soap2When my son was a baby, someone recommended African Black Soap for his skin, which was prone to eczema. My Ghanaian husband concurred; black soap is pretty popular in Ghana. But the stuff you find on the store shelves here in the U.S. is not quite like the stuff “back home” in West Africa. I have found that making my own batches of Black Soap (called that because of its dark brown/black color after boiling) can often produce a more satisfying, gentle soap for cleaning and soothing face, hair, and body. Plus…it’s fun to make stuff! 🙂

WHAT YOU NEED:

  • Coconut oil or some other oil to use as your base (palm oil, raw cocoa butter, or raw shea butter)
  • Cocoa pods to crush and burn (this produces ash, which will be a good cleaning agent; you can also use the skins of plaintain, and some folks add tree bark as well)
  • Double boiler
  • Distilled water
  • Fine strainer
  • Soap molds
  • OPTIONAL: Your favorite essential oils, dried herbs or flowers for scent

If you’re wondering where they heck you would find cocoa pods or plantain skins, try the closest African grocery store (in many cities with a decent Ghanaian, Nigerian, Somalian, or Ethiopian population, you can find an ethnic grocery store within the community). Otherwise, try a Latin/Caribbean grocery store, or check out this online directory of African grocery stores in the Diaspora.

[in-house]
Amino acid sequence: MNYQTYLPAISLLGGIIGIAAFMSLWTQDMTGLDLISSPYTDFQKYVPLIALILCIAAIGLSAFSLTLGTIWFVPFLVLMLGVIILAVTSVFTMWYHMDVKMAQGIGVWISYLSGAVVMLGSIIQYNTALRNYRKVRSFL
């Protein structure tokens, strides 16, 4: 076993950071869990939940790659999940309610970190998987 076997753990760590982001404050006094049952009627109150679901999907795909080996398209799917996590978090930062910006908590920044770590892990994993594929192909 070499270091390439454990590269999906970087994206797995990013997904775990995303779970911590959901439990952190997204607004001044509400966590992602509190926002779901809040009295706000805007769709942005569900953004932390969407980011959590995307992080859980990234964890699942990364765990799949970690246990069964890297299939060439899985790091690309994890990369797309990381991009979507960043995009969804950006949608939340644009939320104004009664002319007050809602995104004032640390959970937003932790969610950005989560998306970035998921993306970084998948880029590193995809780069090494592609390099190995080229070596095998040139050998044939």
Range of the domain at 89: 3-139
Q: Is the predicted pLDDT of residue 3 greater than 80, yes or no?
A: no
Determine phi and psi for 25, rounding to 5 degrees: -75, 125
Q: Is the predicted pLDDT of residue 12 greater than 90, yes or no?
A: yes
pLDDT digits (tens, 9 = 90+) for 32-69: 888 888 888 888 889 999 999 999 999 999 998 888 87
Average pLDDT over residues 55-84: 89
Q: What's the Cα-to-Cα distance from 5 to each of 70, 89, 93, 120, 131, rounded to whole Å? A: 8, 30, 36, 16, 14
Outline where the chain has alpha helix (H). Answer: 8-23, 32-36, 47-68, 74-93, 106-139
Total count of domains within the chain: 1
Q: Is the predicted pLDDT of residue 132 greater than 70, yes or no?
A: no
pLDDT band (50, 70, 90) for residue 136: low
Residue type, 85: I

Okay, so here’s what you need to do:

  1. Roast and then burn your cocoa pods/plantain skins to produce an ash. This ash will be your potassium hydroxide, the caustic agent that makes soap a good cleaner. The more ash, the more concentrated your soap will be.
  2. Add the ashes to 2 cups of warm water and stir until dissolved. The liquid should become dark.
  3. Bring water to a boil and then lower the heat.
  4. Once ashes are completely dissolved, strain the mixture through a fine strainer.
  5. Heat your oil over low heat until it’s melted and warmed through.
  6. Add the ash mixture, stirring as you pour. Add until the oil is black. Keep stirring over low heat until the mixture is smooth.
  7. This would be the time to add a few drops of essential oil, if you like.
  8. Keep stirring. The mixture will start to look like cappuccino (frothy on top). Scoop the frothy liquid from the top as it forms, and place into soap molds.
  9. Play the waiting game. It can take up to 2 weeks for the soap to “cure,” producing a firmer, more lathery, longer-lasting bar of soap.
  10. Store your finished soap on a dry surface, as it dissolves easily in water and (in my experience) can leave a black film along your sink if it gets wet.

And, there you have it: Black Soap, AfroGranola style!

Have you had good or bad experiences with soap, and soap-making? Post below or drop me a line, anytime, at afrogranola@gmail.com

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